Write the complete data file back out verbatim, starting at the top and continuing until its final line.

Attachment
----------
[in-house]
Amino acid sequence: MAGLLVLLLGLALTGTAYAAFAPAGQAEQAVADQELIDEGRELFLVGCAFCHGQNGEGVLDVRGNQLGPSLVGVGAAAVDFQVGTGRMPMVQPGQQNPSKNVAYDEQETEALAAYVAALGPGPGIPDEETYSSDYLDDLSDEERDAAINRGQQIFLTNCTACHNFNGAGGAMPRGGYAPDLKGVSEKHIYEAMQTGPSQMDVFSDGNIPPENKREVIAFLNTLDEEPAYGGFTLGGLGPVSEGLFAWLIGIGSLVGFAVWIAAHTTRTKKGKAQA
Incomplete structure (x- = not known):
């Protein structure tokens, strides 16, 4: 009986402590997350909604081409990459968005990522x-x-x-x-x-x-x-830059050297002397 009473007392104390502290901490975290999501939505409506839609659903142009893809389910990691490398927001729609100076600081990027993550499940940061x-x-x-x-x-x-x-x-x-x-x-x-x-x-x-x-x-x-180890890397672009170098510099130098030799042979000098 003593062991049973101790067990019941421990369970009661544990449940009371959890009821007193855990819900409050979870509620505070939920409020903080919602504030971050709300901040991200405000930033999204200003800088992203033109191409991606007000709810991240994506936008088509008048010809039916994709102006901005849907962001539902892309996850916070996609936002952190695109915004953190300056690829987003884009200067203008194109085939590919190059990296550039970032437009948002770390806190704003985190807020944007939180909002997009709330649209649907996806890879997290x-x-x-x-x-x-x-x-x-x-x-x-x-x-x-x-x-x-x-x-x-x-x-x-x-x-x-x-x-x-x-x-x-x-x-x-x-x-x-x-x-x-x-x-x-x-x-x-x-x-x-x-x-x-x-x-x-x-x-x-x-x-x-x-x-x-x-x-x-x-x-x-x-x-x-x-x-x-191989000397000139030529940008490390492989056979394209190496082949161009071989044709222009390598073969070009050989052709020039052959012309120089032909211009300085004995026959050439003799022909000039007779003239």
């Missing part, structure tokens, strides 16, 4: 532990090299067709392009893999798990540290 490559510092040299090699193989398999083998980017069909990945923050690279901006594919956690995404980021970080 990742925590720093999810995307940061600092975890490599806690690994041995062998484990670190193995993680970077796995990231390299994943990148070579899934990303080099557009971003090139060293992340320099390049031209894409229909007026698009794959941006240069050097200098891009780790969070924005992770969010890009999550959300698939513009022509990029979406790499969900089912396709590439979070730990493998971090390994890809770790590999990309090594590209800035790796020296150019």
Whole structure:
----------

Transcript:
[in-house]
Amino acid sequence: MAGLLVLLLGLALTGTAYAAFAPAGQAEQAVADQELIDEGRELFLVGCAFCHGQNGEGVLDVRGNQLGPSLVGVGAAAVDFQVGTGRMPMVQPGQQNPSKNVAYDEQETEALAAYVAALGPGPGIPDEETYSSDYLDDLSDEERDAAINRGQQIFLTNCTACHNFNGAGGAMPRGGYAPDLKGVSEKHIYEAMQTGPSQMDVFSDGNIPPENKREVIAFLNTLDEEPAYGGFTLGGLGPVSEGLFAWLIGIGSLVGFAVWIAAHTTRTKKGKAQA
Incomplete structure (x- = not known):
């Protein structure tokens, strides 16, 4: 009986402590997350909604081409990459968005990522x-x-x-x-x-x-x-830059050297002397 009473007392104390502290901490975290999501939505409506839609659903142009893809389910990691490398927001729609100076600081990027993550499940940061x-x-x-x-x-x-x-x-x-x-x-x-x-x-x-x-x-x-180890890397672009170098510099130098030799042979000098 003593062991049973101790067990019941421990369970009661544990449940009371959890009821007193855990819900409050979870509620505070939920409020903080919602504030971050709300901040991200405000930033999204200003800088992203033109191409991606007000709810991240994506936008088509008048010809039916994709102006901005849907962001539902892309996850916070996609936002952190695109915004953190300056690829987003884009200067203008194109085939590919190059990296550039970032437009948002770390806190704003985190807020944007939180909002997009709330649209649907996806890879997290x-x-x-x-x-x-x-x-x-x-x-x-x-x-x-x-x-x-x-x-x-x-x-x-x-x-x-x-x-x-x-x-x-x-x-x-x-x-x-x-x-x-x-x-x-x-x-x-x-x-x-x-x-x-x-x-x-x-x-x-x-x-x-x-x-x-x-x-x-x-x-x-x-x-x-x-x-x-191989000397000139030529940008490390492989056979394209190496082949161009071989044709222009390598073969070009050989052709020039052959012309120089032909211009300085004995026959050439003799022909000039007779003239």
């Missing part, structure tokens, strides 16, 4: 532990090299067709392009893999798990540290 490559510092040299090699193989398999083998980017069909990945923050690279901006594919956690995404980021970080 990742925590720093999810995307940061600092975890490599806690690994041995062998484990670190193995993680970077796995990231390299994943990148070579899934990303080099557009971003090139060293992340320099390049031209894409229909007026698009794959941006240069050097200098891009780790969070924005992770969010890009999550959300698939513009022509990029979406790499969900089912396709590439979070730990493998971090390994890809770790590999990309090594590209800035790796020296150019």
Whole structure: